Provided with a rare opportunity, Fikri Jermadi checks out Malaysian short films at the Locarno Film Festival 2020.
At the risk of sounding a little out of touch, a bright spot of the COVID-19 pandemic is how film festivals have transitioned online, allowing for audiences all over the world to watch films previously (and exclusively) confined to physical settings. South by Southwest was one of the first to do this, and Annecy International Animation Film Festival upped the ante, adding talks and discussions into the mix. Hot on their heels is Locarno Film Festival, who offered an especial look on Southeast Asian films, from which we’ll focus on Malaysian short films for now.
One of these is ‘High Way’. Made by Chia Chee Sum, the film is set in real-time in a Malaysian low-cost flat (Projek Perumahan Rakyat [PPR] Laksamana at Jalan Peel). We follow Danial (Raja Danial Hidayatullah Shah), a young man who uses his motorbike to move about the building. Though a little unsightly, I can vouch for its authenticity. That bike itself is a common feature of the working class Malay male, a brand of masculinity denoting a certain independence.
All this and more came through in the film’s fine technical qualities. I like the framing and the mise-en-scene, with enough elements to fill the screen without crowding it. Shot by Esther Tan (who also has a cameo in the film), some of the patterns are reminiscent of Chris Chong’s work in ‘Block B’, portraying social interaction (or their lack) in single snapshots.
The sound is also crisp and precise. In fact, the film’s title reminded me of Aw See Wee’s ‘Highway’. Given how See Wee himself is keenly aware of the impact of sound, this connection is not entirely inappropriate. These low-cost flats are often cacophonies, a visual soundscape unmasking your sense of privacy, and Chee Sum plays around with this; we get a sense of who people are without seeing them. There is even a part where the diegetic sound fades, allowing for musical cues to come in. Exit reality, enter fantasy.
Continuing this conflation of private and public is the MacGuffin that is Danial’s missing shirt. It might have gone missing when hung to dry outside their unit; in addition to literally airing your laundry in public, it’s also easy prey for anyone to come along and take it. This premium of space also comes into play between Danial’s mother and father, who, intriguingly, appear to live in different units. Are they separated? In the Islamic sense (as practiced by Malaysians), couples who decide to divorce (by invoking the talak) have to separate immediately, at least to a different room in the house.
Or it might be something else altogether; the discussion above might have informed the film’s subtleties, but that’s not to say the unspoken isn’t romantic. There is a moment later in ‘High Way’, when Danial’s father asks him to help deliver a flower painting to his mother. It’s not the real thing, but it’s materiality does not make it any less sincere. Another incident in the film involving Danial also suggest that romance is not dead in the flats, it’s just spoken through a different language.
That makes ‘High Way’ an intriguing film that balances fantasy and reality. The title itself is somewhat ironic (many highways in the Klang Valley where the film is set would not allow them to be ridden there, making Daniel’s friend’s suggestion of riding a bike on the highway later that night more daring than you might think). However, there’s more than enough to meet the eye here, making this a film that could remain relevant for some time to come.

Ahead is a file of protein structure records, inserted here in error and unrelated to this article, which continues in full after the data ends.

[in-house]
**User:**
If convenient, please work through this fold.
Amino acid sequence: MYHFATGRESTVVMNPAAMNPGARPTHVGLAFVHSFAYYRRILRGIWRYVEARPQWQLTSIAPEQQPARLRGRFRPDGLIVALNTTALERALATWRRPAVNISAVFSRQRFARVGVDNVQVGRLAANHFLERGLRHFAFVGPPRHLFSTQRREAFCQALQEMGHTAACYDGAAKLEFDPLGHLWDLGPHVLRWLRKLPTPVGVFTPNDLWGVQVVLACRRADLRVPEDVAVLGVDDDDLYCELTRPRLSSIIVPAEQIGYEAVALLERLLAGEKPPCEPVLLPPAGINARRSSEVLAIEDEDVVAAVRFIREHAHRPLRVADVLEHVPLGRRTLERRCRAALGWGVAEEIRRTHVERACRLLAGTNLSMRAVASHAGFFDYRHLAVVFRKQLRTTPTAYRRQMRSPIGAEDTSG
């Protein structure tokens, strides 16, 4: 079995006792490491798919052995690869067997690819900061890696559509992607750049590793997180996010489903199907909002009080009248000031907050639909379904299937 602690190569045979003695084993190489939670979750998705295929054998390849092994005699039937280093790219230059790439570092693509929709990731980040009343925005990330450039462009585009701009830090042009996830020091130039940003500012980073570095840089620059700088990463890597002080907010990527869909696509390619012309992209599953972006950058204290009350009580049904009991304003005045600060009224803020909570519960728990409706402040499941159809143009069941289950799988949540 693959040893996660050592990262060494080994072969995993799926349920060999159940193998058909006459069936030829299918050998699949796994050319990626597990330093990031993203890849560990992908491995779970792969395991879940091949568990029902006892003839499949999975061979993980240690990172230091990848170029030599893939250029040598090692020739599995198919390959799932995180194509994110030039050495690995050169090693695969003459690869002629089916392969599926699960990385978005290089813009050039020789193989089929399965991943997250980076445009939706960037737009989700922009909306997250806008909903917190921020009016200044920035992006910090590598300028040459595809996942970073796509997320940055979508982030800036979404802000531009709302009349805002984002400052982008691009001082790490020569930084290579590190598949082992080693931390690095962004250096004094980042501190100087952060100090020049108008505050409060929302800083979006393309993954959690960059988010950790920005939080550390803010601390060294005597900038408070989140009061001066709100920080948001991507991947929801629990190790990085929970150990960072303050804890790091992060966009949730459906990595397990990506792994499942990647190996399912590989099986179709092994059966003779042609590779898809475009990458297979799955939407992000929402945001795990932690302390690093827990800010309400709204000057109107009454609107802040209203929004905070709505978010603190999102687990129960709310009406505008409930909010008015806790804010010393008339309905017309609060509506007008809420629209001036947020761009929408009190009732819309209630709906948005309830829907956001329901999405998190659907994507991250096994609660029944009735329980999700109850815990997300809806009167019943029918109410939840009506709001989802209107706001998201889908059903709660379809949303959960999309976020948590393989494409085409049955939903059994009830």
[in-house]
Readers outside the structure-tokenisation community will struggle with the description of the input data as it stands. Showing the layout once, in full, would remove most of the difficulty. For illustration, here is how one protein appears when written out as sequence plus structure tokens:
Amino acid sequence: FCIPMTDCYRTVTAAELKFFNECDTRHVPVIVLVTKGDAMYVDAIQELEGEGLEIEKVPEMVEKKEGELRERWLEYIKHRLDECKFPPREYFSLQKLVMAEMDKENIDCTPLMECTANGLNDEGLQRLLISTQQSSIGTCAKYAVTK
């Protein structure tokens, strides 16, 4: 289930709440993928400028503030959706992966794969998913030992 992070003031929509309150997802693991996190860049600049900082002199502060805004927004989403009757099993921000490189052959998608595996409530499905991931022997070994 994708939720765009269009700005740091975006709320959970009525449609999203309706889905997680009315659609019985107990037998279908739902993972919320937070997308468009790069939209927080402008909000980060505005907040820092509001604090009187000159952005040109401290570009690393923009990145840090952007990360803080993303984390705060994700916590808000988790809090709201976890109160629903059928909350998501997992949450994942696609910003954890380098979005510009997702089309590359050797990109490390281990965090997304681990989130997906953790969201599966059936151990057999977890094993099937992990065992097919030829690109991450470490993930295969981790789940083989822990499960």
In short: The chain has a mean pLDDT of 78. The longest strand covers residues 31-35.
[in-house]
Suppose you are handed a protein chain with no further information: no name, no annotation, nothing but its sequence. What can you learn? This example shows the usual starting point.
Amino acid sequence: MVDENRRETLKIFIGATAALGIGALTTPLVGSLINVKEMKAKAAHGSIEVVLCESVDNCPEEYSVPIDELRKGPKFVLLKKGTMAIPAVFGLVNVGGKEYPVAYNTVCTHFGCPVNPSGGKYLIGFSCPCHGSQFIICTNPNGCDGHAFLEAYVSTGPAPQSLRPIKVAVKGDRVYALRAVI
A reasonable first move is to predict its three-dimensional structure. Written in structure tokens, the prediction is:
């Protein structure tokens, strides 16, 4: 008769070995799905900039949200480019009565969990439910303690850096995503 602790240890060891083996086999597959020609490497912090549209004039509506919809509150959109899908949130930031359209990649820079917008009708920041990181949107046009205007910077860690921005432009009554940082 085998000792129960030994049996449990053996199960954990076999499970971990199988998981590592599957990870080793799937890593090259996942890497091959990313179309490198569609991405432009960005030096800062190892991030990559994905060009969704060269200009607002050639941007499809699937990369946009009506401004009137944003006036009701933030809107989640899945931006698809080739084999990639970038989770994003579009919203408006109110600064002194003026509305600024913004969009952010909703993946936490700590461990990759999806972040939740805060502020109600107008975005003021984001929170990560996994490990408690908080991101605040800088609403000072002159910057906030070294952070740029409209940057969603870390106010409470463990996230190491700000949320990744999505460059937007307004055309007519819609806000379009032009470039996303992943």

Similarly, ‘The Ruby’ is set in downtown Kuala Lumpur, an area left in a state of disregard not entirely dissimilar to the PPRs seen in ‘High Way’. The title itself refers to the name of a building in the film, an old cinema crumbling under the weight of its past glories. Is this the fate of all that is old in the city? A clue lies in the background, the bare infrastructure of PNB118 (projected to be the world’s second tallest building) casting a shadow on all below. Two backpackers at the start of the film noted the city’s lack of originality: “We should have stayed in Penang.”
The story follows Intan (Syarifah Aleysha), a teenager with a feistiness that belies her youth. Running from a troubled past, and looking for cheap accommodation, she comes across a variety of characters, such as an old uncle (Chew Kin Wah) and a street peddler, Tony (Phoon Chi Ho). As the story and her interaction with them progress, she learns more about herself and how to best tackle her own conundrums.
The names above form an eye-catching cast. Syarifah Aleysha is an actress with a rising profile, while Kin Wah is seasoned not only in Malaysia, but also in Indonesia, a leading light in the rise of Chinese-Indonesian films. Closer to home, Chi Ho (the co-director of my first official film) is established in the stand-up scene, making his “You comedian or what, ah?” line more self-reflexive than most. Hawking his wares, it did strike me that he has a DVD-selling face. He would refute this by saying he sells ties, but Intan pointing to the films on the table prompted a literal laugh-out-loud moment from me.
The racial pastiche above (an emphasis in the film itself, with a sweeping shot at the start of ‘The Ruby’ evidence of this) is also reflected in the film’s dialogue. However, some of the conversations here feel a little stilted, perhaps due to the shifts in language. Adam Zainal’s ‘Kantoi’, dealing with a similar protagonist and theme, offers a more natural flow. Perhaps such hesitance is a reflection of Intan’s own swirl of emotions? In finding out more about the director, Ling Low, I came across ‘Closure’, whose take on the emotions that lie beneath felt far more natural, perhaps because of its singularly-English medium.